Friday, October 19, 2007
A panel discussion with Rev. C. Welton Gaddy, a Baptist minister and president of the Interfaith Alliance, Diana Eck, director of the Pluralism Project at Harvard University in Cambridge, Mass., and Amy Caiazza, study director for democracy and society programs at the Institute for Women's Policy Research in Washington came to some possibly surprising conclusions.
The panelists were critical of a number of recent political developments and not among the usual suspects:
Democratic Sen. Barack Obama recently said "God's spirit is traveling with us and he wants us to do the right thing" and asked a religious congregation to "pray that I can be an instrument of God."
During a Democratic debate, the candidates were asked to name their favorite Bible verse and Eck found it disturbing that not one candidate said the question had no place in a debate about the leadership of the country for the next four years.
Of course, there is a reason for this seemingly unseemly religiosity among Democrats.
The latest poll on religion and politics by the Pew Forum on Religion & Public Life found that nearly seven in 10 Americans think it is important for a president to have strong religious beliefs and 58 percent think it is proper for journalists to ask candidates about their religious beliefs.On the other hand, the two candidates considered the front-runners for their respective parties' nomination -- Rudy Giuliani and Hillary Clinton -- were, nonetheless, judged the least religious in the Pew Forum poll.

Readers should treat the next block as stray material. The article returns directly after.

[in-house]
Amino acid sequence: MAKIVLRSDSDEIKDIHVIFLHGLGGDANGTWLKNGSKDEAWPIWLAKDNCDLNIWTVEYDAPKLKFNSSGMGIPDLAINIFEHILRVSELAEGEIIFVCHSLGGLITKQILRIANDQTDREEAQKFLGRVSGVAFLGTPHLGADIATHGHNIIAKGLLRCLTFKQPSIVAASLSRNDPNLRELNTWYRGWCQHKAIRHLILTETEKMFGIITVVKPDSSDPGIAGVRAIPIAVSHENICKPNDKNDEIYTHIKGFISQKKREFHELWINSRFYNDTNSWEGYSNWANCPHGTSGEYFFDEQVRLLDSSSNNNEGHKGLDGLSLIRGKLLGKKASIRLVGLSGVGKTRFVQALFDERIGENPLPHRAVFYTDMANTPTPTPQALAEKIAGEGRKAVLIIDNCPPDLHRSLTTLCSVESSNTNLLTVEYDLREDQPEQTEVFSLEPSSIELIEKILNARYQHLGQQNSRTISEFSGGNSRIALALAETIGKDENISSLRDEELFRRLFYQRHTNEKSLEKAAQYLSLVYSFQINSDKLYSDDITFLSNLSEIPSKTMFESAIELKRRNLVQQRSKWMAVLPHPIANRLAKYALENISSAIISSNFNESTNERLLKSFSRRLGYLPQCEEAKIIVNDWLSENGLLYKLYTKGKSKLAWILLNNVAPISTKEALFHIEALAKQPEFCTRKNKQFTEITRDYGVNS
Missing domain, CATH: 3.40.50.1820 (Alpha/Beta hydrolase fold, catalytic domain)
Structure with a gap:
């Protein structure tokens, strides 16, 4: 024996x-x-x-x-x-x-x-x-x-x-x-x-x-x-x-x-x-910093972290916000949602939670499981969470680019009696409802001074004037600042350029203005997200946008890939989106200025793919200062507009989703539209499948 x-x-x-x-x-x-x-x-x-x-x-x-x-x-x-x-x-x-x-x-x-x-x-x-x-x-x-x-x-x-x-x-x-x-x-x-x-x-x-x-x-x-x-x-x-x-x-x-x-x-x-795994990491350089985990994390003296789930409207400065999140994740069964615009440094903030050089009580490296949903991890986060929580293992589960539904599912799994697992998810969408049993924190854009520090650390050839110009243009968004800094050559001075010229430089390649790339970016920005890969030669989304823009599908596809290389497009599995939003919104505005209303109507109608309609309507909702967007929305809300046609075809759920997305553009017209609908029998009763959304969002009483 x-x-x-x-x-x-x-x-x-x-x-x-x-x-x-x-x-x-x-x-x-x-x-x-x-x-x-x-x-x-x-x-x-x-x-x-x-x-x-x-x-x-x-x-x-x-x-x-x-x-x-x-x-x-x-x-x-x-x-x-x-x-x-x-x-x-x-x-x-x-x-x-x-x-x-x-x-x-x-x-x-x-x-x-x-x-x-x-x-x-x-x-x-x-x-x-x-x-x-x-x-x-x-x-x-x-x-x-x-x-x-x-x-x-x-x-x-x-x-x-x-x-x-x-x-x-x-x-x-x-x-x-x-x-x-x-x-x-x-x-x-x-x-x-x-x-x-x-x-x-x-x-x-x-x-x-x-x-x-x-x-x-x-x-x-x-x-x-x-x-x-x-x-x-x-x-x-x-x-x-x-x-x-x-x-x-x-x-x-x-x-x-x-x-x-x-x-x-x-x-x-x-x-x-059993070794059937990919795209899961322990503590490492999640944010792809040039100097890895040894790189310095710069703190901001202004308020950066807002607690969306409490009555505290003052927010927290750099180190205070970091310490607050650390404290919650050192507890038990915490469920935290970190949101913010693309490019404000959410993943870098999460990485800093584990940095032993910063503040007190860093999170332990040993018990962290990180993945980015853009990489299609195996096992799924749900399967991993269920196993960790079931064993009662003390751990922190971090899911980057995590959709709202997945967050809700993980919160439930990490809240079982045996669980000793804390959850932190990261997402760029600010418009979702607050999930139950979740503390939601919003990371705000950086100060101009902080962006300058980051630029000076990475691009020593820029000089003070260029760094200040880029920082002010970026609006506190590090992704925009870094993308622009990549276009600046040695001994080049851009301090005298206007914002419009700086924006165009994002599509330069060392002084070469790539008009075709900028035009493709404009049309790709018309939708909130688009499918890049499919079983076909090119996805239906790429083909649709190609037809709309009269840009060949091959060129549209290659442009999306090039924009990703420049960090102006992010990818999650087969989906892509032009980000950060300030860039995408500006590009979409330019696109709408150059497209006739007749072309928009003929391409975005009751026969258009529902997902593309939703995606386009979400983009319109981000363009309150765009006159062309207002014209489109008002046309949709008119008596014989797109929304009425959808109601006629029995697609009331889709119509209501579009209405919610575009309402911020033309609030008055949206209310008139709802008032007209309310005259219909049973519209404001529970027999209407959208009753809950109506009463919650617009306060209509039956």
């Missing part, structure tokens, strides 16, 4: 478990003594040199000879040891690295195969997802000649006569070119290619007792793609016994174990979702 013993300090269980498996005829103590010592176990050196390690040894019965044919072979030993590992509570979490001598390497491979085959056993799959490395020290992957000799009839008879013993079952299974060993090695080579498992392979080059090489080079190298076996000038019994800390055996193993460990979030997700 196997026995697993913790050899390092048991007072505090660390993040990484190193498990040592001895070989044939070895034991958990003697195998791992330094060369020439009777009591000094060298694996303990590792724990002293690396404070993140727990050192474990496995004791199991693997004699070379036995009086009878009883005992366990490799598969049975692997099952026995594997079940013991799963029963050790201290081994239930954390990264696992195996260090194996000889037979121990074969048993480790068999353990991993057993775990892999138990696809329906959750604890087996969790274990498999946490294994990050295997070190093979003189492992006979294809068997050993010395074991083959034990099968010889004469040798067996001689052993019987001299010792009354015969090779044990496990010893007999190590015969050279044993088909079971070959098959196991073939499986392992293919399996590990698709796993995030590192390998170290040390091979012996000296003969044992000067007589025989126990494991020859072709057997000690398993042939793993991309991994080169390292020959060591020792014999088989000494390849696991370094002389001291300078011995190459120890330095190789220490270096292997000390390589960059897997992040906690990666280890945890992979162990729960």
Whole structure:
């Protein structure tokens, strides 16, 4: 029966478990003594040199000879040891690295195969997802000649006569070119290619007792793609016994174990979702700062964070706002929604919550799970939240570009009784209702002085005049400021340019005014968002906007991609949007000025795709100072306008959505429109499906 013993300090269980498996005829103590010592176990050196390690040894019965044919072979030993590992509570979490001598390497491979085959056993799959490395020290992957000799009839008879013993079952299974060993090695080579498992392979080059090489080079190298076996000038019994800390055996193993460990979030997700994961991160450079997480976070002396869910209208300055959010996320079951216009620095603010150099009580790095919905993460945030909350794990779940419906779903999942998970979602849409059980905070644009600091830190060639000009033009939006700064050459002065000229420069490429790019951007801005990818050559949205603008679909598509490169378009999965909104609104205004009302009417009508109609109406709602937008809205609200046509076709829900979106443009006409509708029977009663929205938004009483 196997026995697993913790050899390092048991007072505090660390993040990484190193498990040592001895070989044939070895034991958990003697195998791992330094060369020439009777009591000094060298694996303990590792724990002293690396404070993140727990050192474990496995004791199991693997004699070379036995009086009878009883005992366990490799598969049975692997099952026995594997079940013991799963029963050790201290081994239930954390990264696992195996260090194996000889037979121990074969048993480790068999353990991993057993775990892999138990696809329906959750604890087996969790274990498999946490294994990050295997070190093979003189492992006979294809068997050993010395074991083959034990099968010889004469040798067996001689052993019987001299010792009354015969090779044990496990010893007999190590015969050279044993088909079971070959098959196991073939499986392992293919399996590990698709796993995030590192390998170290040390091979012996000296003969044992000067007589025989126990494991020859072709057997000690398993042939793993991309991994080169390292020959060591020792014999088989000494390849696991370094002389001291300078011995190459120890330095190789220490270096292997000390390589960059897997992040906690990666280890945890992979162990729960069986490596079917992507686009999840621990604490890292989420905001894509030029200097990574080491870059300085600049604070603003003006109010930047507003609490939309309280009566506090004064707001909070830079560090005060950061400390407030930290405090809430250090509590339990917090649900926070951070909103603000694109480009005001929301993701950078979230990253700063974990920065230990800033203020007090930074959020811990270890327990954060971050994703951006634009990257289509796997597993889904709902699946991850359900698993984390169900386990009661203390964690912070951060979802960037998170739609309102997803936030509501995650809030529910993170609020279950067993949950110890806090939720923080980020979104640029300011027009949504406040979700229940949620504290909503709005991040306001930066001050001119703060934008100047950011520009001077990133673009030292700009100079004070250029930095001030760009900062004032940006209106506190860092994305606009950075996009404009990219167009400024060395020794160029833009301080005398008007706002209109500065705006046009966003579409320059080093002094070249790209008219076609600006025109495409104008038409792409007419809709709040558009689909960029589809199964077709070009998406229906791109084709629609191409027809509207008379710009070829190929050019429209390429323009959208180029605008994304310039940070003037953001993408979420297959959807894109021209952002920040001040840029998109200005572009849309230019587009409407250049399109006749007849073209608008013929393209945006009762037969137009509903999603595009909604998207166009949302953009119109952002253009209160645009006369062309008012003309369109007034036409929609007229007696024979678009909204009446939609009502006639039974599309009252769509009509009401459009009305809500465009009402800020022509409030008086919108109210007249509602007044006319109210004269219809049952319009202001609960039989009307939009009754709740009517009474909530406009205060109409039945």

Although Republicans, Southerners and evangelical Christians were more likely to agree that a president's religious beliefs are important, the numbers were fairly consistent across religious, regional and other lines. The only group in which a majority disagreed about its importance was those without any religious affiliation.
Rev. Gaddy hearkened back to John F. Kennedy's response on the question of candidates and faith in 1960.
In that talk, Kennedy said communism, poverty, education and the space race were far more critical election issues but had been obscured by debate about his Catholicism.Ms. Eck correctly noted that the candidates "are not running to be president of all Christians, but to be president of all Americans." But Rev. Gaddy had the best line:
He described his belief "in an America where the separation of church and state is absolute -- where no Catholic prelate would tell the president (should he be Catholic) how to act and no Protestant minister would tell his parishioners for whom to vote."
We're electing a commander in chief, not a pastor in chief.